How the Use of Smartphone Technology Enhanced the OPH Guatemala Service Learning Project

By Alisha Cornish, Associate Professor/Director of Ophthalmic Technology, Health Sciences Division

The Ophthalmic Program Benefits from New Technology

In the spring of 2017, the Vol State Ophthalmic Technician Program, with one-time special assistance from the Distributed Education department, purchased a vision screening system to utilize during its annual service-learning project in Guatemala. Every year, for the last 9 years, VSCC’s Ophthalmic Program has collaborated with the Hendersonville Rotary Club to provide medical services to people experiencing material poverty in Guatemala. Students from the Ophthalmic Program work hard to determine the prescription a patient needs and pair it with one of hundreds of pairs of glasses that have been donated to the project. During the 4 days of clinic, students and faculty service approximately 500-700 patients. Organization and fast facilitation of patients through the exam process is key to servicing the large number of people waiting and needing assistance.

Many pieces of equipment typically used for examining the eye are large, heavy, and expensive. The equipment generally requires large powered equipment tables, which are not portable, and therefore are not realistic for use in program service learning projects outside of the classroom. Prior to the grant provided by Distributed Education, the program did have one piece of portable equipment that read the prescription from the patient’s eyes. This piece of equipment is 9+ years old and is inaccurate in many situations.  Eyenetra was purchased to attempt to address some of the challenges the project faces by taking three generally bulky, expensive, and heavy pieces of ophthalmic equipment and turning them into lightweight portable pieces of equipment that can be used anywhere. The goal with the Eyenetra system was to improve the quality of the prescriptions given to patients while increasing the number of patients examined in a given day.

The Eyenetra system contains three pieces of equipment, 2 of which use a cell phone to accomplish their task. The Netra is a lightweight autorefractor that reads the prescription from a patient’s eyes and provides instructions to the patient in Spanish or English. The autorefractor system proved to be more accurate in situations where the older, more expensive autorefractor was very inaccurate. The down side to this system was that the volume of sound could not be increased to a high enough level to overcome the level of noise in the clinic. With hundreds of people waiting near the clinic exam rooms, the clinic was very loud. In addition to the difficulty hearing the instructions, many patients had difficulty understanding the instructions. In general, younger patients were more successful in using the device versus the older patients.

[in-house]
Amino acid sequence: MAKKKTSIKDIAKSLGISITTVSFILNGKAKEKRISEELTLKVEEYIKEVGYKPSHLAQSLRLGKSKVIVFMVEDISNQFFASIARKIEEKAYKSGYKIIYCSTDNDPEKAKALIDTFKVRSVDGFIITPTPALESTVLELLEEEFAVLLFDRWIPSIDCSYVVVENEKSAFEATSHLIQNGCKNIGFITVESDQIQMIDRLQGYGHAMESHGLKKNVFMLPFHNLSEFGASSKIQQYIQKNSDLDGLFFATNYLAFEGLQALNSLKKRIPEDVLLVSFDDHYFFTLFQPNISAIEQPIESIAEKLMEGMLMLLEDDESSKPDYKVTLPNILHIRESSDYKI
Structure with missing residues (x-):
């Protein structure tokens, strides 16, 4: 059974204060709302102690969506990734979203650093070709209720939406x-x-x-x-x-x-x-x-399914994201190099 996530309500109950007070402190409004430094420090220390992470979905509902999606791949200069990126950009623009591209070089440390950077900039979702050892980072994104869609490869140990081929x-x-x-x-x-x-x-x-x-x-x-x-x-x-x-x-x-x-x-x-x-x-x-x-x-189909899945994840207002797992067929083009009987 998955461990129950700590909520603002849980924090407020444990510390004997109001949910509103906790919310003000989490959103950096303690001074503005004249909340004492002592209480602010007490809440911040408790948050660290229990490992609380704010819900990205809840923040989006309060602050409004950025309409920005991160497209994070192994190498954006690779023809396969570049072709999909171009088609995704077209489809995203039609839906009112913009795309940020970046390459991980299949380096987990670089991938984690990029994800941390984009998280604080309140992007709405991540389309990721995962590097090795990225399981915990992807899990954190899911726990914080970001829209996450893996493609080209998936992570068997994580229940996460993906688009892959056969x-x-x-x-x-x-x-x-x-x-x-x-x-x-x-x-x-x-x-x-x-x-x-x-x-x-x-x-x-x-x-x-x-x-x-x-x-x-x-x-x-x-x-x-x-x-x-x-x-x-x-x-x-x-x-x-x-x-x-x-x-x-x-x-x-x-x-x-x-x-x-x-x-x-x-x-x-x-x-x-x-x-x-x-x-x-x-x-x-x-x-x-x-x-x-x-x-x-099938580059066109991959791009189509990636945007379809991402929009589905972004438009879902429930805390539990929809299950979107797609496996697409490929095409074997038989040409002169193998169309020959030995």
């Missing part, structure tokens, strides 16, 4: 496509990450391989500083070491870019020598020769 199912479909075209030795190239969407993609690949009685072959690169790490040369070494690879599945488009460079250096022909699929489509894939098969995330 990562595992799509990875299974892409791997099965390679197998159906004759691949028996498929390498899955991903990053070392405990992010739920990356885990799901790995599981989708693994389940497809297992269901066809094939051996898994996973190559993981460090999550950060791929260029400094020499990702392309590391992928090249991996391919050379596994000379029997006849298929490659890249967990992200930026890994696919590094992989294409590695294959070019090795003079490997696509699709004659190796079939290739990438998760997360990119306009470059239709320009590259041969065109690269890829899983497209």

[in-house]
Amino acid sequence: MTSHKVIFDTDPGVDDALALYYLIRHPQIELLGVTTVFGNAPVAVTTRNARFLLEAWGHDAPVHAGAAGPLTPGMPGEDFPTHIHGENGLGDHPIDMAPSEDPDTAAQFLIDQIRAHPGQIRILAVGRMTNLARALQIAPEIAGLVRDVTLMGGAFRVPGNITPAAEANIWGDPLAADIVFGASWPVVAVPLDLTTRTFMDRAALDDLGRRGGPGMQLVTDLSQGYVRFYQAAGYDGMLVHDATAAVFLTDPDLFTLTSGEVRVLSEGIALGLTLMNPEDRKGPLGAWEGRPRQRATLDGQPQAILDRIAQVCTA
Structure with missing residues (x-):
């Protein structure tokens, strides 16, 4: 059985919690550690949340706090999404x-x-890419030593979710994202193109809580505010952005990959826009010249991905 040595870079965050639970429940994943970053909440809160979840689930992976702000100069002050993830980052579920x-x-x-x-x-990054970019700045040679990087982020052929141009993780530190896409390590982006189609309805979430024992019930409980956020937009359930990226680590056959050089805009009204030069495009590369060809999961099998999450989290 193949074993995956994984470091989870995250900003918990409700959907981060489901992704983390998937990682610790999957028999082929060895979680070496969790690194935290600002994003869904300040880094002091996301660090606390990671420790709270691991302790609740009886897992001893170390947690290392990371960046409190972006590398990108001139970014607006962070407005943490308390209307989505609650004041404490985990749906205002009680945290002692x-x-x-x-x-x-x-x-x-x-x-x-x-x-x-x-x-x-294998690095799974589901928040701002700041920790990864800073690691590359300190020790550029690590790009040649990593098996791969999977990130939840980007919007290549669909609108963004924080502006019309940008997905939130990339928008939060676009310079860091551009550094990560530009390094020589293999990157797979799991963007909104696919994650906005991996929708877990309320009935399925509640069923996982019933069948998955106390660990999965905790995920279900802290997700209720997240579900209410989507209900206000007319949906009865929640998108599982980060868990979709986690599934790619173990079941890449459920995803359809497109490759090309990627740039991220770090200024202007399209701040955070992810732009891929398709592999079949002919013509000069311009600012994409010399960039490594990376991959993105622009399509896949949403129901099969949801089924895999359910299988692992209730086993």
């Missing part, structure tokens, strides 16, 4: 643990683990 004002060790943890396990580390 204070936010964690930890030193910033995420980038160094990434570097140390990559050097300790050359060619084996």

A patient in Guatemala uses the Netra to measure the prescription from her eyes.
A patient in Guatemala uses the Netra to measure the prescription from her eyes.

One of the most positive aspects to come from the use of this new equipment was the help from the Netrometer (lensometer) and Netropter (phoropter). The Netrometer allowed our clinic to read the prescriptions from glasses that a patient was currently wearing. This equipment allowed students and faculty to see the prescription that patients were used to wearing, allowing us to choose a prescription that would not be too different. Making large changes to a patient’s prescription can prevent a patient from easily adapting. Most glasses worn by patients in Guatemala are donations. In addition, glasses that lose their prescription tagging during the busy clinic can be re-tagged with the prescription by using the Netrometer. In the past, glasses that had lost their prescription tagging were useless, as we didn’t know what the prescription was in order to match it to a patient. The Netropter was the favorite piece of equipment used by students during the project. Students and faculty have always obtained the prescriptions by hand, which is a slow process. The Netropter allowed the clinic to see more patients with better accuracy in our results.  The program will likely purchase 2-3 more Netropters for use in future clinics.

A Guatemala patient holds the Netropter to her face while an ophthalmic student uses it to determine the prescription needed by the patient.
A Guatemala patient holds the Netropter to her face while an ophthalmic student uses it to determine the prescription needed by the patient.

In addition to its use for our international service-learning project, the Eyentra System will be utilized for local community vision screenings, teaching demonstrations for visiting high school students, and incorporated into some program courses as an interactive teaching tool.

To hear more about the spring service learning trip, please join Alisha for a special presentation on Friday, October 6th at 11:00 a.m. in the Technology Learning Center (Thigpen 224). Registration is encouraged, but not required. Visit the Training and Development calendar to sign-up.

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